Sugarland’s Jennifer Nettles Gives Credit to Eddie’s Attic

John Mayer, Shawn Mullins Also Got Their Start at Small Songwriter Venue

DECATUR, Ga. — As one of the breakout country bands of the last few years, Sugarland can easily draw thousands of people to their high-energy concerts. But back in the day, Jennifer Nettles would finesse her singer-songwriter skills at a very laidback bar in Decatur, Ga., called Eddie’s Attic.

“I love it. I started out there,” she says. “I started doing open mikes. They have an open mike competition, and anybody can come and be a part of that. I started out doing that, and got a gig there and started developing a fan base between there and Athens, Ga. I definitely credit it with much of how I became the performer and musician that I am.”

Chasing a dream that would later surface in the band’s debut single, “Baby Girl,” Nettles slowly moved up in the local music world, fronting Soul Miner’s Daughter and the Jennifer Nettles Band. But after eight years, her band was drawing to a close. One night, she was sipping martinis and swapping stories with fellow Atlanta singer-songwriter Kristen Hall. They decided to meet at Starbucks with another local musician, Kristian Bush, to talk about starting a country band. That next morning, Sugarland was born. After writing some songs together, they booked a few gigs at Eddie’s Attic.

“Eddie’s Attic is a wonderful venue,” Nettles says. “It’s a listening room, and it has always been a listening room. You can go and hear the artist. The singer-songwriter is the important element in it. It’s not necessarily that you’re there to pick up a date or whatever you might do in another sort of bar or music venue. It’s definitely about the music there.”

When you come into the club, posters are tacked along the walls of a long staircase. At the top, you have two options — check out the show in the listening room or hang out on the deck and watch on a closed-circuit TV. Even a small club like Eddie’s Attic can get rowdy people sometimes. However, the club tends to draw the fans of a specific artist, rather than just somebody in town who’s craving some live music.

There is no green room in Eddie’s Attic, so if you want to meet the artist, you just walk right up. Pop star John Mayer, who paid his dues building his audience at the club, occasionally comes back for a small show. Songwriters like Will Hoge, Josh Joplin and Lori McKenna also draw substantial crowds, but in the words of Sugarland, “There’s gotta be somethin’ more.”

“It’s really fundamentally hard with a 200-seat club to make your financial nut anymore,” says owner Bob Ephlin. “Rent, utilities, insurance, it’s just stupid. I’d love to tell you we are financially successful. I’d be lying, but we’re better and better at it every month. And we will get there, and I hope I’m standing when we do.”

Ephlin, who bought the club from Nettles and her then-husband in 2005, is striving to rebuild its reputation as a listening room, rather than just a drinking spot with high-quality music, whether it’s Celtic, bluegrass, blues, rock or country. He’s partnered with local art galleries to freshen up the walls, and he’s completely renovated the kitchen and refinished all the wood floors. The sound system is topnotch, too. He’s also brought back Eddie Owen, whose name adorns the place, to book the talent.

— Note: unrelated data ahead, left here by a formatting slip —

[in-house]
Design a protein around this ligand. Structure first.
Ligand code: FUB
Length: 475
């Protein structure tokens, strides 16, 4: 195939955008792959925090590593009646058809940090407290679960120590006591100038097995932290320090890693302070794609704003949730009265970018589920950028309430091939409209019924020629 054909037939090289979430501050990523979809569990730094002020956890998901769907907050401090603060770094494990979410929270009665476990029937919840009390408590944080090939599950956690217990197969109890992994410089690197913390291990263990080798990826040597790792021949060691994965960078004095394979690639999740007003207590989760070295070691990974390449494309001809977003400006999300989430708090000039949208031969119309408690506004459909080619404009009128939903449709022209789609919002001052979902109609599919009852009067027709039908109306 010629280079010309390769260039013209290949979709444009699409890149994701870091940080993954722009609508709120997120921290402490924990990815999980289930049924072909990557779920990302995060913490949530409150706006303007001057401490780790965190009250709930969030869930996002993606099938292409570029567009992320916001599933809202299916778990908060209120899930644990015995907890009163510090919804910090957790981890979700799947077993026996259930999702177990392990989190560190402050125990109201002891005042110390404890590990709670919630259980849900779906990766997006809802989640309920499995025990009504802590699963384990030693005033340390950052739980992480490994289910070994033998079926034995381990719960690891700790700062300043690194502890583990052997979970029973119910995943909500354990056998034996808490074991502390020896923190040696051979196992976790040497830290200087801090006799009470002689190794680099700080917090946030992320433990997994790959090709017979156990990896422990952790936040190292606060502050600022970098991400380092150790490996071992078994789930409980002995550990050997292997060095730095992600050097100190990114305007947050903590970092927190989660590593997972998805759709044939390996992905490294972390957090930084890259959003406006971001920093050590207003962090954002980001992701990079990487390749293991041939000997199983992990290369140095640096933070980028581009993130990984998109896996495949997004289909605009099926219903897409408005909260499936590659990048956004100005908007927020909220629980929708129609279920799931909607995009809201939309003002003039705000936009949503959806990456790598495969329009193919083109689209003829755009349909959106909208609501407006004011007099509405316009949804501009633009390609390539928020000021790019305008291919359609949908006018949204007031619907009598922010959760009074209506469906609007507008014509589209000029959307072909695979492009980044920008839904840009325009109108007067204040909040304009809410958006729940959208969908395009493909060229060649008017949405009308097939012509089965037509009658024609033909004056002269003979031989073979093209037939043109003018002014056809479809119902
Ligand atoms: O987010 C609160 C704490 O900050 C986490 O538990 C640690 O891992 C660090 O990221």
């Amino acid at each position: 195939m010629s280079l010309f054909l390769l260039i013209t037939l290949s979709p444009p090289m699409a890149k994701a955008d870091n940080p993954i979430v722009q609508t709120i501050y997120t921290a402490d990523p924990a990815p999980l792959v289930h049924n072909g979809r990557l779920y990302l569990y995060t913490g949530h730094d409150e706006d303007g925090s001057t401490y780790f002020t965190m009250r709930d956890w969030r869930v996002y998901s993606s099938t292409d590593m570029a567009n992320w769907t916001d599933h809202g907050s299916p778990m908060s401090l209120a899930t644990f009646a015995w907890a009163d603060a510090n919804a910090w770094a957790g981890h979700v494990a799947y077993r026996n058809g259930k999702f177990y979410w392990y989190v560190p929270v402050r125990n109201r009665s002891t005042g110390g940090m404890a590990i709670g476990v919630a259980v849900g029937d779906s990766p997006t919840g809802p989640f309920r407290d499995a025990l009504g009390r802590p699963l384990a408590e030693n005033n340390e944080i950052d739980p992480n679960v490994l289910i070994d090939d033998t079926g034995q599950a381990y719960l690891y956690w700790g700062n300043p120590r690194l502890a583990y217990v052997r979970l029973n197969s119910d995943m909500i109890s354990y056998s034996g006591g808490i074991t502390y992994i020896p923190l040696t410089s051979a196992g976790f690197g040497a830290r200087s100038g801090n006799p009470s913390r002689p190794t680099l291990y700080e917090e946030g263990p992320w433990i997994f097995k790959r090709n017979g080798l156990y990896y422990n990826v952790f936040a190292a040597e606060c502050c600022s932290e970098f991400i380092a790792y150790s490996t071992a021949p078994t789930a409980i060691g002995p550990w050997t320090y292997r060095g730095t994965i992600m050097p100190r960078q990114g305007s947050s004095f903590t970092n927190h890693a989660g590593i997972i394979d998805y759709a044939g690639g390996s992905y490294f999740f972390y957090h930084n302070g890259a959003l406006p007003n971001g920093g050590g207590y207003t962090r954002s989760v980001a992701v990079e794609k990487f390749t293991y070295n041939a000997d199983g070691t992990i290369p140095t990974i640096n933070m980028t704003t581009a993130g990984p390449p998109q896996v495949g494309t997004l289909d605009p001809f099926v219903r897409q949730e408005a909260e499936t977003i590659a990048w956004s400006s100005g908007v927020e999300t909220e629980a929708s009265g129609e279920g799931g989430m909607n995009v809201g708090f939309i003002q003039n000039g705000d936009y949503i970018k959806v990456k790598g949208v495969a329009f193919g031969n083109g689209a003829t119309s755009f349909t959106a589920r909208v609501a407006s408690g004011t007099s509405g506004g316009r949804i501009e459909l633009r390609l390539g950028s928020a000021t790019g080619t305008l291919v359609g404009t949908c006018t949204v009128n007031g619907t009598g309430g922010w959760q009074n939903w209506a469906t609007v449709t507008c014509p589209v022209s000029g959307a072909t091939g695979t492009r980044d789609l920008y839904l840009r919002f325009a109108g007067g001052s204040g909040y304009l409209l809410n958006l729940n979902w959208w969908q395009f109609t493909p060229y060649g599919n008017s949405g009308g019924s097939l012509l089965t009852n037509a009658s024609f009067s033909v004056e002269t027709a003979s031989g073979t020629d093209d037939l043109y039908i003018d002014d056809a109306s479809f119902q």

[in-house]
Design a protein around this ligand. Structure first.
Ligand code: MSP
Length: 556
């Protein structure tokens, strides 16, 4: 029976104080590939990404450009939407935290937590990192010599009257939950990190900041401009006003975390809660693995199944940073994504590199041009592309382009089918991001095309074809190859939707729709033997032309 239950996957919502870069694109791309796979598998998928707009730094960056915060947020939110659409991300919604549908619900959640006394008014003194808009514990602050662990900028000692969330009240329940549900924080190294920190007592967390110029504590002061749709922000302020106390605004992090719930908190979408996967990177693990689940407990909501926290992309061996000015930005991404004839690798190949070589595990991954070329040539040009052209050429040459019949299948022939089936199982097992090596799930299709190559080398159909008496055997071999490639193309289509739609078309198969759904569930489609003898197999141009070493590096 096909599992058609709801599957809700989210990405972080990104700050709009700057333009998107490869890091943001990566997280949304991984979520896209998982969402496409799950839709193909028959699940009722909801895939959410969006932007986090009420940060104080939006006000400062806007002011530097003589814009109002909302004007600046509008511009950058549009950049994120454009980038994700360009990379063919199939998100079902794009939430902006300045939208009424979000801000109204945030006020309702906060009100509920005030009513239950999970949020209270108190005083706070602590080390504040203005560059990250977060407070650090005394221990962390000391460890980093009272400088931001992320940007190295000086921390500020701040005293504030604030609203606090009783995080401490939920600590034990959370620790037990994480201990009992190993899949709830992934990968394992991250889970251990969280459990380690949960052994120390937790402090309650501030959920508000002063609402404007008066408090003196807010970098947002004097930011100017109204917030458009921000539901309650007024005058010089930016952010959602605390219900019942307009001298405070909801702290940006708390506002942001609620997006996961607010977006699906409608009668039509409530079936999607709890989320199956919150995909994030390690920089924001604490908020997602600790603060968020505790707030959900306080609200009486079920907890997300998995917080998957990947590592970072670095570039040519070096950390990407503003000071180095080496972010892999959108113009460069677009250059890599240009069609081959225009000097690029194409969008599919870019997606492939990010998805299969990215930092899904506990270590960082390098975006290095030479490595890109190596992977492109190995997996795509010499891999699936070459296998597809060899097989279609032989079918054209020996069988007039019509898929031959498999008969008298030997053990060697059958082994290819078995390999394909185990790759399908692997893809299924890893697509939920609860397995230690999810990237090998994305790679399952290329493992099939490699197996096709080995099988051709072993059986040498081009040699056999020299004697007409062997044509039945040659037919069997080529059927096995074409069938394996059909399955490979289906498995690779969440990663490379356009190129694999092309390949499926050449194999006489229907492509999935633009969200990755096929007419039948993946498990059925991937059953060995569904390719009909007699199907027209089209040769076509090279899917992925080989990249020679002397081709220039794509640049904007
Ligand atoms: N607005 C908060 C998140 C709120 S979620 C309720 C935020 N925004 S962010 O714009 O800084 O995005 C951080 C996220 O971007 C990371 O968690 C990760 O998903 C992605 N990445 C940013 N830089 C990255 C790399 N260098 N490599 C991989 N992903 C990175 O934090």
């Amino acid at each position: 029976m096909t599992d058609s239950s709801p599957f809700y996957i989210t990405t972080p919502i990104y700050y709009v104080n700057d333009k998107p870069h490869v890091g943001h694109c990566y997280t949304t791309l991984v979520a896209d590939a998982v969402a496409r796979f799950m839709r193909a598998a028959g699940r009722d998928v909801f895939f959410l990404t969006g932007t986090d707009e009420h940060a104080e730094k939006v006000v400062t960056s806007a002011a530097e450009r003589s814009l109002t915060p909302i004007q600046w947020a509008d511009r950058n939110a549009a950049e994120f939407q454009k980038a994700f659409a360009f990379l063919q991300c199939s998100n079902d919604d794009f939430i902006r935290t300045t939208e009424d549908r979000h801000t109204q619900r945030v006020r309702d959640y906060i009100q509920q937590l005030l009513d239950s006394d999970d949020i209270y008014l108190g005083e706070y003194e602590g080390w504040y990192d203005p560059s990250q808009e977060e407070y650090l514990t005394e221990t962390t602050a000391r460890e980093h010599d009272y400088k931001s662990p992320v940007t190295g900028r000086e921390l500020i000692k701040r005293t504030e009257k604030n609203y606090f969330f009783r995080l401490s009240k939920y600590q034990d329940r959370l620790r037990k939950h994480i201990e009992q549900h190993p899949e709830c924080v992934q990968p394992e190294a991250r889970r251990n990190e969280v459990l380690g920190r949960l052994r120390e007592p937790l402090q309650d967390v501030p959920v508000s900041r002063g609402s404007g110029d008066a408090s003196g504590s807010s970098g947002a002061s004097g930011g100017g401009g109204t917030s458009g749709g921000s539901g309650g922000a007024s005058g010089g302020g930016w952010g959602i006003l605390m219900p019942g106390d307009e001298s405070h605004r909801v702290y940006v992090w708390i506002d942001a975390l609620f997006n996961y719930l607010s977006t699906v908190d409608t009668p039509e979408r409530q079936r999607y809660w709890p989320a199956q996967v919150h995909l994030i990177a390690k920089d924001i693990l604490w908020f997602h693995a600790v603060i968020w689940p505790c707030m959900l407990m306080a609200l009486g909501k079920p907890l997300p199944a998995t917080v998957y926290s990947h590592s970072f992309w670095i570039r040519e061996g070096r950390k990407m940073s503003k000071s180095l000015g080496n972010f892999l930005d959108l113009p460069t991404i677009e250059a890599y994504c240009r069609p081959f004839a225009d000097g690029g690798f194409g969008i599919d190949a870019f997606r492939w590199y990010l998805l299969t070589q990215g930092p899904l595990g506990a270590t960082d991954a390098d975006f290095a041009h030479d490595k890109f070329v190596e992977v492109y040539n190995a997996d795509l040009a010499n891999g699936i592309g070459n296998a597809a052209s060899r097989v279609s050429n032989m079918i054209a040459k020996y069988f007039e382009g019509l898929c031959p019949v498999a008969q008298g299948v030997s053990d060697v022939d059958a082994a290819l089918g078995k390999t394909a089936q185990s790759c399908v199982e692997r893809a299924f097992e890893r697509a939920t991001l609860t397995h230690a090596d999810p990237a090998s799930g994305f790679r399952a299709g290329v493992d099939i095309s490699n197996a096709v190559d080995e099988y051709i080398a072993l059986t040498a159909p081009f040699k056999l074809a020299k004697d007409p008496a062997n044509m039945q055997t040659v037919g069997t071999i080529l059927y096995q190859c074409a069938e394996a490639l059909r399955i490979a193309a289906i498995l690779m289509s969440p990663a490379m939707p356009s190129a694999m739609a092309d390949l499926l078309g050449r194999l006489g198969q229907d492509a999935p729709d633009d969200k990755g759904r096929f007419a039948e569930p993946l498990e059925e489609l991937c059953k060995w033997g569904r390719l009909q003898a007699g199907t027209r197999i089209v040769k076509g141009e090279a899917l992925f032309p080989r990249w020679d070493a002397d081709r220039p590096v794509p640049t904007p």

Surprisingly, Ephlin doesn’t ask for a cut of the artists’ merchandise, understanding that they need that money to get to the next tour date. Plus, he says, the club takes only “a very small percentage” from the ticket receipts at the door. Most of the revenue comes from food and beverage sales from the renovated kitchen and bar. He says the menu is good enough that he eats there almost every night, and as a courtesy, he feeds the performers, too.

“Even if they are amazingly talented, you know these guys aren’t really wealthy if they’re playing a 200-seat club,” he says. “We give them a free meal, [along with] everyone in their band when they come here. We give them a couple of drinks. We know most clubs aren’t doing that anymore, but this may be their only chance to have a good meal that day, and so that feels like the right thing to do.”

In addition to the running the club, Ephlin and his team are shopping a TV pilot, launching a statewide radio program and figuring out how to post their extensive archives on their Web site — without screwing over the artists, of course. He started a writing space with Bush for area musicians to help develop their career. He’s also been visiting similar clubs across the country to pick up tips on how to run Eddie’s Attic efficiently.

“I suppose we could be better businessmen,” he says. “I’m sure my accountant and banker would agree, but there’s gotta be a way to do this and be respectable to the artist.”

Singer-songwriter Shawn Mullins, who lives in Decatur, says, “The main thing that makes Eddie’s Attic stand out above other venues is its intimate setting and the fact that people come there to listen and not chat. So many listening rooms around the country model themselves after what Eddie Owen has built for the performer and the fan.”

With his breakout success of “Lullaby” in 1998, Mullins acquired a large, loyal fan base across the nation and spends nearly the whole year on the road. Thanks to that loyalty, he scored a big hit at adult alternative radio in 2006 with “Beautiful Wreck.” For his new album, Honeydew, he chose Eddie’s Attic to host his record release party.

“Imagine a friendly neighborhood pub with excellent food and service that caters to the music fan and the performing songwriter,” says Mullins. “People come to Eddie’s to listen to great music, and that environment is the reason that songwriters make Eddie’s a stop on the tour. It’s the best venue in the South for the performing songwriter.”

Visit Eddie Attic’s website.

See photos of Sugarland performing at Eddie’s Attic.